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John Joyce: Treatment of winter parasites is vital

Independent.ie logo Independent.ie 23/11/2021 John Joyce

Winter feeding is in full swing, with nearly all stock housed over the last month.

Like last year, I will have to decide on the feed ingredients for the different groups of animals.

Pit and round bale silage will make up the major part of the diet, with little straw add in this year.

Good-quality rolled barley will be fed to the beef cattle and weanlings and the beef cattle with be moved onto a finishing ration in mid-January.

For the first time last year, I bought some beet for feeding — a mixture of fodder and sugar beet. I probably won’t bother with it this year as I have a lot of silage in the yard.

Only a small number of the weanlings had been weaned before housing. This is a very stressful time in their life. It is their first winter and they’re not used to the surrounding of the sheds.

I am using the same technology as I have being using for the past number of years.

All cows and calves are housed in the same shed to start with and have been penned adjacent to each other across the passage before being moved to different sheds. I have gone a step further this year and penned them in every second pen.

The weanlings tend to be remarkably quiet once they get used to the silage and meal; some even suckle through the gate for a few days. The cows tend to be less vocal once they can see the calf, and then everybody wins as it is less stressful for me.

These weanlings will be observed closely over the next few weeks and any that seem off form will be treated immediately.

At this time of year I always put big effort into the treatment of the winter parasites.

There is little point in trying to make good-quality silage and feeding expensive concentrates only to reverse the gains if the animals has a fluke, lice or lungworm problem.

All this dosing sounds like an added cost, but in reality it is only the price of one bag of meal per animal when you add up everything.

All animals will be treated over the next four to six weeks. Fluke would be at the adult or mature stage by this time.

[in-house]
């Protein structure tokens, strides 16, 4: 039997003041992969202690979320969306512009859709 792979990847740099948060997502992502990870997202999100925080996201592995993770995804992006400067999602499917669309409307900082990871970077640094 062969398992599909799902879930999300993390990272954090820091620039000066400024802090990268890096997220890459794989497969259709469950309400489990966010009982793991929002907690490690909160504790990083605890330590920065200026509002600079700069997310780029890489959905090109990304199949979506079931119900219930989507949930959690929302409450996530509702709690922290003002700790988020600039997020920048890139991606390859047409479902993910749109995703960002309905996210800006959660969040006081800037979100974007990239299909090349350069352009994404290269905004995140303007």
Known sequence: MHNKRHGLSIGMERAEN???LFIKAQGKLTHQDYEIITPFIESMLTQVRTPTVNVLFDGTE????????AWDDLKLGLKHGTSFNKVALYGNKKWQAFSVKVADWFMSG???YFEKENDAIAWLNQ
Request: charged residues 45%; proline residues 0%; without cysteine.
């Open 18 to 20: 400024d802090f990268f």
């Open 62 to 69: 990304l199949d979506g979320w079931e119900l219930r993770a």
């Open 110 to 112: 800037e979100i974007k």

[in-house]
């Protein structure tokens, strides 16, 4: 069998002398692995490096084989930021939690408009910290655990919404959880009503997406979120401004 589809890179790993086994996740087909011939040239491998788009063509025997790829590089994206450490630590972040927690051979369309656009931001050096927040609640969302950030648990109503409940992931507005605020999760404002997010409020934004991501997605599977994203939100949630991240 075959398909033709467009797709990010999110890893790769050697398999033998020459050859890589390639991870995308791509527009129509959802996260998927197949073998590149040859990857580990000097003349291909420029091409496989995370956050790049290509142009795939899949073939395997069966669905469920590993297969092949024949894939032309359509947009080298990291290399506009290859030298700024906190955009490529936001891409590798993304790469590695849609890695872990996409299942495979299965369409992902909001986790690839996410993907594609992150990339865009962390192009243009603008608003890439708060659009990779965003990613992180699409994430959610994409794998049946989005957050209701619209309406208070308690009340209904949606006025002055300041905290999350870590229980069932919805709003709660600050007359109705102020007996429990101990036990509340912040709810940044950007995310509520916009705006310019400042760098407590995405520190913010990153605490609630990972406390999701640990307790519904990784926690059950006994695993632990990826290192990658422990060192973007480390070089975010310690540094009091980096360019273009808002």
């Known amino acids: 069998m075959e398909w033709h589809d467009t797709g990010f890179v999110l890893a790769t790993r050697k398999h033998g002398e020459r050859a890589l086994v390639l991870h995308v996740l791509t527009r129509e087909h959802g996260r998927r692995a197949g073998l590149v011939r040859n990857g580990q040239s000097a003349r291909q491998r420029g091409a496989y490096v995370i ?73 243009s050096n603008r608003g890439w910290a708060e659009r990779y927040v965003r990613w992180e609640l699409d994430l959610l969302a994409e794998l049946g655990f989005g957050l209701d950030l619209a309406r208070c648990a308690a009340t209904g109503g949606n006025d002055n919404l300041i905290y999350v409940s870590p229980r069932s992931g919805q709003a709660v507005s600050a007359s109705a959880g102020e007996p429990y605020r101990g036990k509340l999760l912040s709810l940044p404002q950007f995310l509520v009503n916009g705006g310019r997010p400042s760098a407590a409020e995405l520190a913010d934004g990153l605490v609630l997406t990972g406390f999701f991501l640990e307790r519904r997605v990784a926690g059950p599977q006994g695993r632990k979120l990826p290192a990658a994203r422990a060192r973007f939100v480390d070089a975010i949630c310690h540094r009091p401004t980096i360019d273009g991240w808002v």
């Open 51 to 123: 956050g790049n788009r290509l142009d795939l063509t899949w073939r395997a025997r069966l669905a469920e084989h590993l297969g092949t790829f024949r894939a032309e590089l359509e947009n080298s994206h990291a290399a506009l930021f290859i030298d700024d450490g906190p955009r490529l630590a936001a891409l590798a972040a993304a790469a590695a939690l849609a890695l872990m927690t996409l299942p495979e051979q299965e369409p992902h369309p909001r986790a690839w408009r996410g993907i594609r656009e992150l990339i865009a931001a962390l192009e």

Some parts of the farm are wet so I always place emphasis on the fluke programme. This is a great time of the year to control it because the animals are not picking up more eggs.

I use a product called Endofluke. The active ingredient is triclabendazole and covers all stages of fluke. One might say that it was a dry grazing season, but are these the years that we graze the wetter areas or corner for longer?

I used the hook drench gun like I have for the past number of years and find it a useful tool, but as labour gets increasingly hard to source, I might have to rethink and change to injectables or a pour-on product.

All the animals will be dosed with the same product including the suckler cows, weanlings and beef cattle.

In addition, the male beef animals and the in-calf heifers will be dosed with Levafas Diamond to cover for rumen fluke.

These animals were grazing on an area of ground where stomach fluke has caused us problems in the past.

The weanlings were treated for lungworm before they were housed and have been vaccinated for Ibr and with the product Bovipast.

I may dose them for stomach worms as they were grazing very tight to the ground with their mothers before housing.

The final parasite to control will be lice. It will probably be a big problem this year, given the mild weather over the past few weeks. It can be a hard one to control.

Animals are in such close contact in the sheds that it spreads very easily. I have used different products over the years with limited success.

For the past two years I have shaved the backs and the tails of the cattle. This seems to work very well for the lice problem and also for a few other issues.

It keeps the cattle cooler so there are fewer pneumonia cases and the animals are a lot cleaner in the sheds and for calving.

John Joyce farms at Carrigahorig, Nenagh, Co Tipperary

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